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Friday, 14 January, 2000, 12:14 GMT
Tenors toast Tosca
The two tenors appear in a one-off perfomance in Rome
Superstar tenors Luciano Pavarotti and Placido Domingo are to celebrate the 100th anniversary of Giacomo Puccini's opera Tosca with a one-off performance in Rome.

The special event will take place at the city's opera house on 14 January, marking the day Tosca was premiered in 1900 - despite multiple death threats against those involved.
Italian great: Composer Giacomo Puccini
Pavarotti will take the part of the lead tenor, singing the role of painter Mario Cavaradossi, while Domingo won't be singing - instead he'll take on the role of conducting his Italian colleague and the rest of the cast.

In the title part of Floria Tosca will be Venezualan soprano Ines Salazar.

Veteran film director Franco Zeffirelli is behind the elaborate staging of the show.

He described his production as a "celebration of the birthday of a good friend, the birthday of a woman we would like to have as a friend or lover".

The Italian, whose films include Romeo and Juliet and Tea with Mussolini, is no novice when it comes to staging Puccini's famous work.

He was behind the legendary 1964 production at London's Covent Garden, starring the late Maria Callas.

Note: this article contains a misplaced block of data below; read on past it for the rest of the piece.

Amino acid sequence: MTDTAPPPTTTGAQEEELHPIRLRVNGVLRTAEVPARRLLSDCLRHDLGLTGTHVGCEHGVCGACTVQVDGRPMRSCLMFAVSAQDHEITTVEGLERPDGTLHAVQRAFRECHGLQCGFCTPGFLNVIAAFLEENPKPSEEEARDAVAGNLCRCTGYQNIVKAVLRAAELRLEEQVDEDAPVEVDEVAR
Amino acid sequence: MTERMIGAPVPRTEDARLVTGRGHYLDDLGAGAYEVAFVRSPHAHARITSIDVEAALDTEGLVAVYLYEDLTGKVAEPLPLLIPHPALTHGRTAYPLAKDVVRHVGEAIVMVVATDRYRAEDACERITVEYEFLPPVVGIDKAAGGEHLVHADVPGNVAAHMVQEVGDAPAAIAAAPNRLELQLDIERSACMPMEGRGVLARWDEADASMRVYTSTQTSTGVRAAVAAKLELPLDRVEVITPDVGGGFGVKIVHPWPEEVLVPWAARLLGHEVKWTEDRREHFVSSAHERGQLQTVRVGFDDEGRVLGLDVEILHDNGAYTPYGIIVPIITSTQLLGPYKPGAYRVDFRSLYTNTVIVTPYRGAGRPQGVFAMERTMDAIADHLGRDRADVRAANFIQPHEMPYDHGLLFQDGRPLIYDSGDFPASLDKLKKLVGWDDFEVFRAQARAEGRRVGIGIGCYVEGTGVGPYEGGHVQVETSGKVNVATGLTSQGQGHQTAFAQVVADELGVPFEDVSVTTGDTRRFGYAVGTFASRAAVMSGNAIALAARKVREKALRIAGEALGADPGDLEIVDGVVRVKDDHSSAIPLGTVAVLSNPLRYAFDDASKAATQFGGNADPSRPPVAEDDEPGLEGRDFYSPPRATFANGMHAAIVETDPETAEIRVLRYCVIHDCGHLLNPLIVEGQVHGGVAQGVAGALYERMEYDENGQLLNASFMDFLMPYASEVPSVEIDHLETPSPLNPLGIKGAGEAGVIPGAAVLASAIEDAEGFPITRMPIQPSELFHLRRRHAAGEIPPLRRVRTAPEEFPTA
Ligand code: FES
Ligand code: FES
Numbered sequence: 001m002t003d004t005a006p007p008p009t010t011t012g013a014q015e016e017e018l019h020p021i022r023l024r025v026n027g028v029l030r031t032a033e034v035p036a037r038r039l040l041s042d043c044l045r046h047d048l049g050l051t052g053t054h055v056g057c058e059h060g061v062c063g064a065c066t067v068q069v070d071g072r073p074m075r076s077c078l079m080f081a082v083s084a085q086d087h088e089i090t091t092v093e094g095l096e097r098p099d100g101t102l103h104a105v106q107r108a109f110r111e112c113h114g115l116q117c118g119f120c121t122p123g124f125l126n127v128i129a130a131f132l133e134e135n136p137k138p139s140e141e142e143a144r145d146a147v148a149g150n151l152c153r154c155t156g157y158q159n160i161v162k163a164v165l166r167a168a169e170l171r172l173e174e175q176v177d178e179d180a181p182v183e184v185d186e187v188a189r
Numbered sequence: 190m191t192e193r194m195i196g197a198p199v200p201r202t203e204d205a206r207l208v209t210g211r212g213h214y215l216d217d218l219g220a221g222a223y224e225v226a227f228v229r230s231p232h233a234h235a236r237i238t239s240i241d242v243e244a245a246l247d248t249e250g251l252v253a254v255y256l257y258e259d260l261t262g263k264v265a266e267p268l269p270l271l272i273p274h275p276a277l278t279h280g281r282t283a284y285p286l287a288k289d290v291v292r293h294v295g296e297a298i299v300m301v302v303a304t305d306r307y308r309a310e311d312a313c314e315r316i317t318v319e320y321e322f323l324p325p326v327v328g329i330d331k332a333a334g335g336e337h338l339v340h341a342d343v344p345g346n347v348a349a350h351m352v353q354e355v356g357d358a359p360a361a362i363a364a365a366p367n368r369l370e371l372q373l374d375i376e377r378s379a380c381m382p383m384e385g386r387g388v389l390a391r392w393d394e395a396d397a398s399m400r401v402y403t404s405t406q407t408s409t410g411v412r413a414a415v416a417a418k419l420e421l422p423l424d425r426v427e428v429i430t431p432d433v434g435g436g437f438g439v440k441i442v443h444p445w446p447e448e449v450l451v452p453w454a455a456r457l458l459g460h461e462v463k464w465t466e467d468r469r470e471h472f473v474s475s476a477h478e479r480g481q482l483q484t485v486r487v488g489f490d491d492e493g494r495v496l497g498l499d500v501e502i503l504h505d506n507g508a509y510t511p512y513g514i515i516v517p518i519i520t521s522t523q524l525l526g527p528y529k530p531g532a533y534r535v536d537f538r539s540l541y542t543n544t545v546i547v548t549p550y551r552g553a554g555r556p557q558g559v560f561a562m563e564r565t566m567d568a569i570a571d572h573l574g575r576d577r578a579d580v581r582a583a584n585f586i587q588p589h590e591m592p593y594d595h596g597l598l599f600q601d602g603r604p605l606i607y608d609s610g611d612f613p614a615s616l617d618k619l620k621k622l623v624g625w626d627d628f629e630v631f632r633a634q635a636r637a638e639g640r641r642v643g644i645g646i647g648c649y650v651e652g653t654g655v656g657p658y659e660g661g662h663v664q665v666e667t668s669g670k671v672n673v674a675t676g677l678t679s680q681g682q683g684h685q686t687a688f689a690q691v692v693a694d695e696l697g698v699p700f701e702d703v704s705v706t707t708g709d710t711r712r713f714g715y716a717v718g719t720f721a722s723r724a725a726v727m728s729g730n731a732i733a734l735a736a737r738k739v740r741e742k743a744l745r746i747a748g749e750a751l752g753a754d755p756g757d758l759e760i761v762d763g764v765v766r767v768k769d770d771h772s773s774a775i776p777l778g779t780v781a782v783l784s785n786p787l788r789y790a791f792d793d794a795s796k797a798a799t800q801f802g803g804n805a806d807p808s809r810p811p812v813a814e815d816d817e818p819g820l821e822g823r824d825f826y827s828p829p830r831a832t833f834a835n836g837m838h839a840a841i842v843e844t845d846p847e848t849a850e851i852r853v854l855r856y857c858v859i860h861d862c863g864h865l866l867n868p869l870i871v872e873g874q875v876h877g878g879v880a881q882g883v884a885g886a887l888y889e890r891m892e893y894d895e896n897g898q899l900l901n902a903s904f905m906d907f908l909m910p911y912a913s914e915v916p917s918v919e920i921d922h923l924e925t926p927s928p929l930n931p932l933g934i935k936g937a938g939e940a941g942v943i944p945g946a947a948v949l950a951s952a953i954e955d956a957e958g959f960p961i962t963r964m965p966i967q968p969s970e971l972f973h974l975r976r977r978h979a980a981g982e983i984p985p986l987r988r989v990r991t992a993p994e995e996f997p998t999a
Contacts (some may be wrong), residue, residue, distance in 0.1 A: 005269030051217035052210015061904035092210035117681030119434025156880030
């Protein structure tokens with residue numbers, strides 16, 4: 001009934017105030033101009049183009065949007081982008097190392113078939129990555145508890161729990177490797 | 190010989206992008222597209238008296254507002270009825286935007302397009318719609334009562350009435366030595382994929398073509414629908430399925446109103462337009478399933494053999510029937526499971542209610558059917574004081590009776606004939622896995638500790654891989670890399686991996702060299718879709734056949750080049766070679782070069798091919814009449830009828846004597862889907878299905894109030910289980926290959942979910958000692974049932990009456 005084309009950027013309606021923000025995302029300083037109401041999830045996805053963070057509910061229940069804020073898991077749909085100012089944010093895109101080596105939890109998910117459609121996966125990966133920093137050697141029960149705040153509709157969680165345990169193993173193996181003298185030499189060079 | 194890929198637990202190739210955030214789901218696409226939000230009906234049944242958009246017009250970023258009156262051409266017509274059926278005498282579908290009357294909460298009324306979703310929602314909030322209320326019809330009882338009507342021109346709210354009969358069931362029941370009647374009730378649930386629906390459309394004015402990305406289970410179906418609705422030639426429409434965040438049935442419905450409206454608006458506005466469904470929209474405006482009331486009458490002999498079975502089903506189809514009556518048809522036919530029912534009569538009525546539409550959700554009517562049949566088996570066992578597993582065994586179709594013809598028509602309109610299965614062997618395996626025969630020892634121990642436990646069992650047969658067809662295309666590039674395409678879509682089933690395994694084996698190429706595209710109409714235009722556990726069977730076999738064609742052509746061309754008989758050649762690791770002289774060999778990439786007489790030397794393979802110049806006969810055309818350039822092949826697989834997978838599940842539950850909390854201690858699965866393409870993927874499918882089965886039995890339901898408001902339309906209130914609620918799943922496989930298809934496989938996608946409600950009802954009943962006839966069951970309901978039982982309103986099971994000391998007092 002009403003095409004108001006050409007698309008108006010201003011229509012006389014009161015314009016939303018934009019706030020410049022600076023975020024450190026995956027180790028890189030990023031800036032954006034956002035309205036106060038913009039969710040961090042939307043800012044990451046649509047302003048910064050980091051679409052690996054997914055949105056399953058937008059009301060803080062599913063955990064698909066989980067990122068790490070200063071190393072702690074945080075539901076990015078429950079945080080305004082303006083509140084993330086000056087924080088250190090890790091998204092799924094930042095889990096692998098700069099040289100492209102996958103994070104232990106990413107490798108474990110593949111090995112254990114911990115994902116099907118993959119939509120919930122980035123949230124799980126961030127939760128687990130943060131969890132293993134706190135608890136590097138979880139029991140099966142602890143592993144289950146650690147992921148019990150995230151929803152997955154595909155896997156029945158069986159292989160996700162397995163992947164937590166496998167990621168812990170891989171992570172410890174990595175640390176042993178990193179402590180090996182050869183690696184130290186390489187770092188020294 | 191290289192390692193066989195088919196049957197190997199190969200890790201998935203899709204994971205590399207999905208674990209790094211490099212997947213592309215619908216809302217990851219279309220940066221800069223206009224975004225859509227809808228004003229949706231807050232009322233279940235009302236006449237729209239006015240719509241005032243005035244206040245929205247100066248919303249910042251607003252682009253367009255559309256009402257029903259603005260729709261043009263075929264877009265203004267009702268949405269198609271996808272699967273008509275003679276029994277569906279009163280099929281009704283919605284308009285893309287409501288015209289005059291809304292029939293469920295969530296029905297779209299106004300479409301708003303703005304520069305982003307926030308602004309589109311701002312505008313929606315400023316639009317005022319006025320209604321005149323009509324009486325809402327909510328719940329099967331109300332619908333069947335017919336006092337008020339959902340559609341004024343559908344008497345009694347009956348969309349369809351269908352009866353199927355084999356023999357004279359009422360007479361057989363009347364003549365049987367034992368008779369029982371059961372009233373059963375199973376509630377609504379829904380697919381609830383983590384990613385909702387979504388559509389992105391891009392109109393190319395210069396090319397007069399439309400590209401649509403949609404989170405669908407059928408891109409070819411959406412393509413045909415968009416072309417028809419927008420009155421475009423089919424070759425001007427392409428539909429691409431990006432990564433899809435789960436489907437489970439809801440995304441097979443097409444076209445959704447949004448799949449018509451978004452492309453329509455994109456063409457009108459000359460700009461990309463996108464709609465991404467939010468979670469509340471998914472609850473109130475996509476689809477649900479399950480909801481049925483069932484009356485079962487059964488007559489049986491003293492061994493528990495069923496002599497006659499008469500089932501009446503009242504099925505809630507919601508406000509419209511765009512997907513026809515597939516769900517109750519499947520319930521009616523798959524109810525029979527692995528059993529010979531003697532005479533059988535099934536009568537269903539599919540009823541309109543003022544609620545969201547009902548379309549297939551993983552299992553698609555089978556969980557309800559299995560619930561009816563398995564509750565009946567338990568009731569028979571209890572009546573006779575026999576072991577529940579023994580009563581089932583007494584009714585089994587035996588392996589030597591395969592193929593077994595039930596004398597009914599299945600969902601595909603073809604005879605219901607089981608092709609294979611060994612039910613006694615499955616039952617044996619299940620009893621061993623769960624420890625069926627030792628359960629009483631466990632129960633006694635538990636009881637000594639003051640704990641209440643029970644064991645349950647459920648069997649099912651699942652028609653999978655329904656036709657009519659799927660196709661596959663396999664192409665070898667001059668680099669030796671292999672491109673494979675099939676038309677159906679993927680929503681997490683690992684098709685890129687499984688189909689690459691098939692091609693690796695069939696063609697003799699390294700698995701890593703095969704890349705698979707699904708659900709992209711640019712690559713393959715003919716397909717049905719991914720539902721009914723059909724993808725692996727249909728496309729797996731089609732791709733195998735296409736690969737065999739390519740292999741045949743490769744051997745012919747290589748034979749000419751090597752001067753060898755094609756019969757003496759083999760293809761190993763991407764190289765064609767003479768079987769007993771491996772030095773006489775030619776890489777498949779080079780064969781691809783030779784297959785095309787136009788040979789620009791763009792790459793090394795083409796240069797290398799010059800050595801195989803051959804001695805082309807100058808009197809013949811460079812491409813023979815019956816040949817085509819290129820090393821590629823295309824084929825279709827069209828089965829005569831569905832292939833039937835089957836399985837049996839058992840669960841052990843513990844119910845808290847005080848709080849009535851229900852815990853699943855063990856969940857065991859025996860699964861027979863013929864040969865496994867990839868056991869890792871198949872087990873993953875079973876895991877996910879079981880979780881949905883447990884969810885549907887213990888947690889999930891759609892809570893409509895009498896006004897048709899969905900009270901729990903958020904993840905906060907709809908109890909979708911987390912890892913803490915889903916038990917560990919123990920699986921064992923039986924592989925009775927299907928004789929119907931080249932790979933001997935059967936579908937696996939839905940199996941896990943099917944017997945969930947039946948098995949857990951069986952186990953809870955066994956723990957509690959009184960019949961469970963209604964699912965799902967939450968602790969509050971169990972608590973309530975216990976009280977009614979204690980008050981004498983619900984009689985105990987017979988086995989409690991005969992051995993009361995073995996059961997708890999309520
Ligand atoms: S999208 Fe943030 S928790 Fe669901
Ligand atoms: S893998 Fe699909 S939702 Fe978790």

Fiery start

Tosca was first performed at Rome's Teatro Costanzi - later called Teatro dell'Opera - amid death threats from the composer's envious contemporaries.

Pavarotti plays alongside Ines Salazar
The premiere was attended by the Italian Queen Margherita even though her life was said to be in danger.

Three members of the cast had also been sent warnings.

Acclaim from those who attended the first night was huge. The press, on the other hand, gave mixed reviews.

For Friday's event, Zeffirelli has devised a red arena where masked singers face the orchestra, sitting in a semi-circle and conducted by Domingo on stage.

Explaining his design, the 77-year-old director said: "I hate operas that resemble concerts, where singers stand in front of a microphone."

Enduring appeal

When Tosca was first staged, its music and real-life scenes helped to make it a huge success.

It is based on an 1887 play by the French author Victorian Sardou, who wrote it as a vehicle for the legendary actress Sarah Bernhardt.
Zeffirelli directs Pavarotti
The action is set in the then centre of papal Rome - between the church of Sant'Andrea della Valle, the Palazzo Farnese and the Castel Sant'Angelo, then a Vatican Prison.

The three-act love story - which ends with Tosca killing herself - is considered to show early signs of women's fight against inequality in the 20th century.

Tosca was last staged in Rome in 1990 with Pavarotti again playing Mario.

As a drama, it has been adapted for both TV and cinema, including the film by Jean Renoir - begun in 1940 when German troops overran France, but only completed later with the assistance of the late Italian director, Luchino Visconti.

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 ON THIS STORY
The BBC's Orla Guerin reports
"The opera house is counting down to a very special staging of Tosca"
See also:

23 Nov 98 | Roundup
Pavarotti on stage for anniversary
11 Jul 98 | Entertainment
Three tenors are the name of the game
04 Jan 99 | Entertainment
Music of the millennium
15 Dec 98 | Entertainment
Pavarotti cancels shows after tax inquiry
09 Jun 98 | Entertainment
Pavarotti is Spice for a day
06 Aug 98 | Entertainment
'Dinosaur' dig at opera stars
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